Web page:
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Index to Chiropractic Literature
Index to Chiropractic Literature
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ID 19578
  Title Attitudes and behaviors of chiropractic college students on hand sanitizing and treatment table disinfection: results of initial survey and focus group
URL http://www.acatoday.org/JacaDisplay1.cfm?CID=2363
Journal JACA Online. 2007 May-Jun;44(4):Online access only p 13-23
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Peer Review Yes
Publication Type Article
Abstract/Notes Introduction: Microbial pathogens have been found on chiropractic treatment tables. Regular hand washing and hand sanitizing among health care personnel are considered among the most cost-effective measures to reduce the spread of infectious diseases in a health care setting. Medical personnel have been studied with regard to these practices, but chiropractic students have not.

Methods: The aim of this study was to survey attitudes and current practices of students regarding hand washing, hand sanitizing, and treatment table disinfecting measures in 1 chiropractic teaching institution. A 9-question anonymous survey and a focus group were utilized in the study. Responses to survey questions were analyzed using SPSS version 12. Qualitative analysis of focus group results to determine barriers and possible education tools toward facilitation of student compliance in these areas was performed.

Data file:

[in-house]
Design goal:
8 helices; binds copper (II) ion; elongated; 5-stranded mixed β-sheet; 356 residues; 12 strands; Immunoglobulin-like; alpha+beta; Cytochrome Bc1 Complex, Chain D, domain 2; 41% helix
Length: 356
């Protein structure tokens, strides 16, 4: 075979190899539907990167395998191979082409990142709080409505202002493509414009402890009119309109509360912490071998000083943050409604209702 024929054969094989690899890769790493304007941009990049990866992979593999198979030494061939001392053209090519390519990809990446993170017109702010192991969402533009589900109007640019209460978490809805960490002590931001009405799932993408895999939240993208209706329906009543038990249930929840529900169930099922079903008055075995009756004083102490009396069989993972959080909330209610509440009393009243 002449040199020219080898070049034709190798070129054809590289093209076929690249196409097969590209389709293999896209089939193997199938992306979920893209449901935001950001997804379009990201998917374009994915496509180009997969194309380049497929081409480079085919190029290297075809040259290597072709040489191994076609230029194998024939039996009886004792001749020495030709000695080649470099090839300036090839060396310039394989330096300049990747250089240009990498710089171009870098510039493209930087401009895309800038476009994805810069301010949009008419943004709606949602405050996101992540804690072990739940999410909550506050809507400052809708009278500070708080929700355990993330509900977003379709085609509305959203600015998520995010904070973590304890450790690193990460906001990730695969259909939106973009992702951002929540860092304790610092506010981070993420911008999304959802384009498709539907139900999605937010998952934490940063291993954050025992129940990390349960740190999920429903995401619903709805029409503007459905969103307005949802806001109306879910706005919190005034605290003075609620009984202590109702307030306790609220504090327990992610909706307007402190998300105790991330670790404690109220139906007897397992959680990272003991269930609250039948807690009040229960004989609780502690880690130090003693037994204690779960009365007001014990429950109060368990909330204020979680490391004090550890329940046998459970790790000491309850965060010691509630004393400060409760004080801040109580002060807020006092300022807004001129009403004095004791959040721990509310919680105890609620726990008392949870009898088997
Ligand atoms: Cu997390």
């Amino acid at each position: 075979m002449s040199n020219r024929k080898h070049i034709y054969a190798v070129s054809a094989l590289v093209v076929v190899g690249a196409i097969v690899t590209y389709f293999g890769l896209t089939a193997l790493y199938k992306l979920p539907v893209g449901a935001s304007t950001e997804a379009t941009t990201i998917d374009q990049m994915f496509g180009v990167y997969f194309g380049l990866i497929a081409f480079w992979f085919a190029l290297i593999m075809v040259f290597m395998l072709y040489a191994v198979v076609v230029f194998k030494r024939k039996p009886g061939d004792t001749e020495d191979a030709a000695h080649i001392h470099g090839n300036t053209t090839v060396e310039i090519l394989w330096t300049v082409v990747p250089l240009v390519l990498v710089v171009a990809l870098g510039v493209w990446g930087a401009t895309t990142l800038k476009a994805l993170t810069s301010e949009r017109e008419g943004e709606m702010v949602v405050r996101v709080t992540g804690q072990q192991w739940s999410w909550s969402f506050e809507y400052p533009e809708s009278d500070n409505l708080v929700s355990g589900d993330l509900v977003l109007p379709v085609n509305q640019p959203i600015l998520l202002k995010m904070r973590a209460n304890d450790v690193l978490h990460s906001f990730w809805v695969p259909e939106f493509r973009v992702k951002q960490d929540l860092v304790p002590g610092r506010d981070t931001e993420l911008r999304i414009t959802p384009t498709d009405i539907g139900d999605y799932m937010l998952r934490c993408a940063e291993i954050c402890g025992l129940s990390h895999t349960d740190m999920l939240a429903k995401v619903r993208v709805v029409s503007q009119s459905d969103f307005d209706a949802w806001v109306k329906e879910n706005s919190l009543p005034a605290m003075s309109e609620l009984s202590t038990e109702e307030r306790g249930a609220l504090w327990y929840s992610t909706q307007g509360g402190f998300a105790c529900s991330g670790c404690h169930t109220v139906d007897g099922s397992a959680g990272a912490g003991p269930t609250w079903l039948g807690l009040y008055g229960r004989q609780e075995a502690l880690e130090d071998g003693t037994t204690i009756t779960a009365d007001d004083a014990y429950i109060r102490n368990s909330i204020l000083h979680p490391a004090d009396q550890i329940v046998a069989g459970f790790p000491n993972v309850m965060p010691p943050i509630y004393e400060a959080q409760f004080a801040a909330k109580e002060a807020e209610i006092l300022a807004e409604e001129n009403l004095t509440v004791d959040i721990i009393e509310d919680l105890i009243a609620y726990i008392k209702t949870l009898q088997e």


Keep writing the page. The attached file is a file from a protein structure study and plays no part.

Results: Students generally report that they favor regular hand washing and hand sanitizing, along with recognizing the need to disinfect tables. Mechanisms were not in place, however, to adequately provide for hand sanitizing and table disinfection on a routine basis. Sixty-nine percent said they frequently or always washed their hands between contacts. A minority (28%) carried personal hand sanitizers. Females were significantly more likely to do so (p=.0001). Most (95%) changed face paper on treatment tables, but disinfection of table surfaces was practically non-existent. Focus group evaluation provided additional information to enhance compliance and education in this area.

Conclusion: Chiropractic colleges and accrediting boards should develop standards for hand washing, hand sanitizing, and table disinfecting as soon as possible. Additional research should investigate long-term solutions for risk reduction, including attitudinal barriers to behavior changes needed to limit potential spread of infectious disease in chiropractic clinical and academic settings. Messages should be framed reflecting positive aspects of desired behavior changes.

This abstract is reproduced with permission of the publisher; full text is available by subscription.

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